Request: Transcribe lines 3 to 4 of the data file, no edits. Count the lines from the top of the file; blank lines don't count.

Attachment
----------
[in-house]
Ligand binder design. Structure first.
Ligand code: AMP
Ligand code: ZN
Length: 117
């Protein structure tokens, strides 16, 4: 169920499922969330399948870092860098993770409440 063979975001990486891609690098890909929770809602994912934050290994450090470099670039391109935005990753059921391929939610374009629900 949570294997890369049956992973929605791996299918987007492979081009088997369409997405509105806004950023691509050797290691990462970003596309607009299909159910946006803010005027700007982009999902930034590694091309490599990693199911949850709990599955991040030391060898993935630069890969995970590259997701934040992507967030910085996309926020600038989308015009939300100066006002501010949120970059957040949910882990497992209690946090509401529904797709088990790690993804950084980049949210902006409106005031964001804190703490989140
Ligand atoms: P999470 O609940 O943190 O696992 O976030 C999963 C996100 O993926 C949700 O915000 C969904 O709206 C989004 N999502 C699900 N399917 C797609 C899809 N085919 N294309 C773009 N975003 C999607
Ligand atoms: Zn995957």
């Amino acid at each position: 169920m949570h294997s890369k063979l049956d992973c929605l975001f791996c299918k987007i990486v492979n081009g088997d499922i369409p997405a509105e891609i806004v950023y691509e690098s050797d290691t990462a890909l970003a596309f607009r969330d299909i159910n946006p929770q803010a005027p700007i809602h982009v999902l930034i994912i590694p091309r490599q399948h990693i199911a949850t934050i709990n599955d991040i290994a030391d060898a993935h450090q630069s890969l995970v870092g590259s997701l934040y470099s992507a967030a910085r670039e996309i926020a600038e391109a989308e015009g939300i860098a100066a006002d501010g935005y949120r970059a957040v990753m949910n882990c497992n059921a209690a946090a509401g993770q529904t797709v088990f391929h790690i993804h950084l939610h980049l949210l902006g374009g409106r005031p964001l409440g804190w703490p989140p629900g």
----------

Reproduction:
Ligand code: AMP
Ligand code: ZN